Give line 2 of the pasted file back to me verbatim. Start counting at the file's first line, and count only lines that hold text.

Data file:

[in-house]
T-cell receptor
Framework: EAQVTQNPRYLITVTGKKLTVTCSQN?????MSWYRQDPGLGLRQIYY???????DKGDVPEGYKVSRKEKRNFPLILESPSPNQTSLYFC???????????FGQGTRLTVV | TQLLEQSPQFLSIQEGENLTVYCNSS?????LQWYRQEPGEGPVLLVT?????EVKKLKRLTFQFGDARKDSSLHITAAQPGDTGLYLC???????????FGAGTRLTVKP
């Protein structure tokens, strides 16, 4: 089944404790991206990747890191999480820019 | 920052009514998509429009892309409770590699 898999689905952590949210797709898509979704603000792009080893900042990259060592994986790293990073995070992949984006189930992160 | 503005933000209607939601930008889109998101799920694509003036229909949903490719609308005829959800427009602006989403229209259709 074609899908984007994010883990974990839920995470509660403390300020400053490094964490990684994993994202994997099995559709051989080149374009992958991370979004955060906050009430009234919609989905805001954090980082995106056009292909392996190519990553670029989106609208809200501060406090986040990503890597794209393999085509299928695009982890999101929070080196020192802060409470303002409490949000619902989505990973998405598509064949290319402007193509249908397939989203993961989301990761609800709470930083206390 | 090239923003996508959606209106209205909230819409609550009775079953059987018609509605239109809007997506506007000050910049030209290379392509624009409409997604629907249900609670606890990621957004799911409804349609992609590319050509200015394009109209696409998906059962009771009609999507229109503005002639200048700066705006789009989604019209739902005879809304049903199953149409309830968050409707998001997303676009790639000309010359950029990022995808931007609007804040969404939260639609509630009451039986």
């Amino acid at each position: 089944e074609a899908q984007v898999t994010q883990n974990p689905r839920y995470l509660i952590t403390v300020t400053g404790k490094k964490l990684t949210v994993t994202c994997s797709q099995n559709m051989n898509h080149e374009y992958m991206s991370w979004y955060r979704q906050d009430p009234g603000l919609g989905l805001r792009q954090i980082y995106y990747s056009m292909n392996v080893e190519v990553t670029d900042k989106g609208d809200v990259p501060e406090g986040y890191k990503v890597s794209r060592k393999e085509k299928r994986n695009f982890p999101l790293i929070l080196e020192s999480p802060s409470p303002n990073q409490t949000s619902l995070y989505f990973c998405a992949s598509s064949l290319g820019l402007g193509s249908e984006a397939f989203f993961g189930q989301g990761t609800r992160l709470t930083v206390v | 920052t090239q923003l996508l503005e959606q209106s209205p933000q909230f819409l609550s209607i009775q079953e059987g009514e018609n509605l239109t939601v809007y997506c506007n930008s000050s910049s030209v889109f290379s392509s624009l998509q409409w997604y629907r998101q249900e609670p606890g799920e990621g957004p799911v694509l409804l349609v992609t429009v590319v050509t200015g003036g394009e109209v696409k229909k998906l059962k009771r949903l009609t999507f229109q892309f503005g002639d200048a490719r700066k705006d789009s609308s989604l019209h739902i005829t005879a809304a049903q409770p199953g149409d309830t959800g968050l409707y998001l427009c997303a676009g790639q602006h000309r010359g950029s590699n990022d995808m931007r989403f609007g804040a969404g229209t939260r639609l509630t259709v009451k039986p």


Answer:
T-cell receptor